Tiso 12-speed wireless transmission finally breaks cover + video

Prototypes have been knocking about for a year but now it's live on their site... sort of

by Dave Atkinson   December 12, 2012  

Tiso 12-speed groupset - cropped

Tiso have finally broken cover with their 12-speed wireless transmission. That's one more cog than either Shimano or Campag, plus you get wireless shifting too. Interested? We are too, but details are a bit patchy at the moment.

The prototypes have been around for a bit; Bikerumor saw them as early as September last year. They weren't wireless at that point but that was always the plan, and the system that's been announced can run on either radio frequencies (2.4GHz control frequencies, most likely) or via Bluetooth connectivity. The mechs themselves are actuator-controlled, with a battery supplying the power; that needs to be wired to the mechs, of course, so it isn't entirely wire-free. The available spec suggests that the power is supplied by AAA rechargeable cells, opening up the possibility of stopping at the garage if you find yourself out of gear power...

The vid shows the gears being controlled with a keyfob-esque controller as well as with Tiso's own lever; presumably the levers contain a separate battery or they'll need to be wired to the main battery too, pretty much negating any benefit of wireless other than the ability to run multiple shifters in any position. For radio transmission that's not so much of an issue, as it's just a quick pulse and even a button cell should last for ages. Bluetooth, on the other hand, requires a constant connection and so drains more juice. The gears are actuated from the Tiso lever via a rocker switch; press the top section to change up (presumably) and the bottom bit to change down. Tiso were also planning to make it controllable via an iPhone app when they talked to Bikerumor, although the beneifts of that are unclear.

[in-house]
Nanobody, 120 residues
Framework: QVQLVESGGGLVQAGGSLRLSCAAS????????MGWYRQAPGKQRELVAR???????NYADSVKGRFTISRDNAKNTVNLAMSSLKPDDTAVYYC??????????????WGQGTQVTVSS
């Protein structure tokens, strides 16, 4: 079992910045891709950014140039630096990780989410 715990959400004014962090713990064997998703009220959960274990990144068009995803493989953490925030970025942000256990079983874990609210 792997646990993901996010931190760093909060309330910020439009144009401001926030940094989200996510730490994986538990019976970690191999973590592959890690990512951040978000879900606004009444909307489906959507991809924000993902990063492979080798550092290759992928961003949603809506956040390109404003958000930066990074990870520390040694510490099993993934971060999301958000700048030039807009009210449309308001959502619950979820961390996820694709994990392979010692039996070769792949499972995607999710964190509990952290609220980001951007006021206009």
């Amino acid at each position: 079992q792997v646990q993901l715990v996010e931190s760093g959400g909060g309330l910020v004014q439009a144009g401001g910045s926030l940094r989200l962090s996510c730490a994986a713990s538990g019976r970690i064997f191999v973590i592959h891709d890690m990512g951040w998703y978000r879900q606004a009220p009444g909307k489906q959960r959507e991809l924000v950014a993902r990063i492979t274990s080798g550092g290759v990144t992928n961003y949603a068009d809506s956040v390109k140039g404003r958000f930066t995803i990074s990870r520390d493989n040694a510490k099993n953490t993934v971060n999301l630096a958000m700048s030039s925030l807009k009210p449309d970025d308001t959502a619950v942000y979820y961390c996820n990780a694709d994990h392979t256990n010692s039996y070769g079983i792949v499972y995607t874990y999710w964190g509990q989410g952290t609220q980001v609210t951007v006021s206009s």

The 12-speed cassette is Tiso's own. There's no word on what freehub standard it uses, but the mechs have settings to cope with 10- and 11-speed Campag and Shimano setups as well as the own-brand cassette. That's all we have to go on for now, really – who's in, and who's out?

41 user comments

Latest 30 commentsNewest firstBest ratedAll

atlaz wrote:
I always subscribe to the Little Red Riding Hood approach. In most situations one gear is too big, one too small, one just right..


posted by tarquin_foxglove [80 posts]
12th December 2012 - 19:51


Ooh. One minute too late.

nowasps's picture

posted by nowasps [253 posts]
12th December 2012 - 19:53


Glad to see I'm not the only fairytale pedant, just the slowest.

posted by tarquin_foxglove [80 posts]
12th December 2012 - 19:53


I thought it was Alice in wonderland who did the too big, too small schtick.

Anyway, I'm Duncan Bannatyne, and I'm out. I've got my cables set up nicely and my finger doesn't run out of battery.

posted by Nick T [814 posts]
12th December 2012 - 20:14


Call me a smelly old hippy but one of the things i love about bikes is their relatively low impact on the environment.
What with all this new technology that runs from batteries and an on going reliance of electricity we, as cyclists, are in danger of just perpetuating the relentless use of nasty heavy metals and chemicals involved in the production of batteries.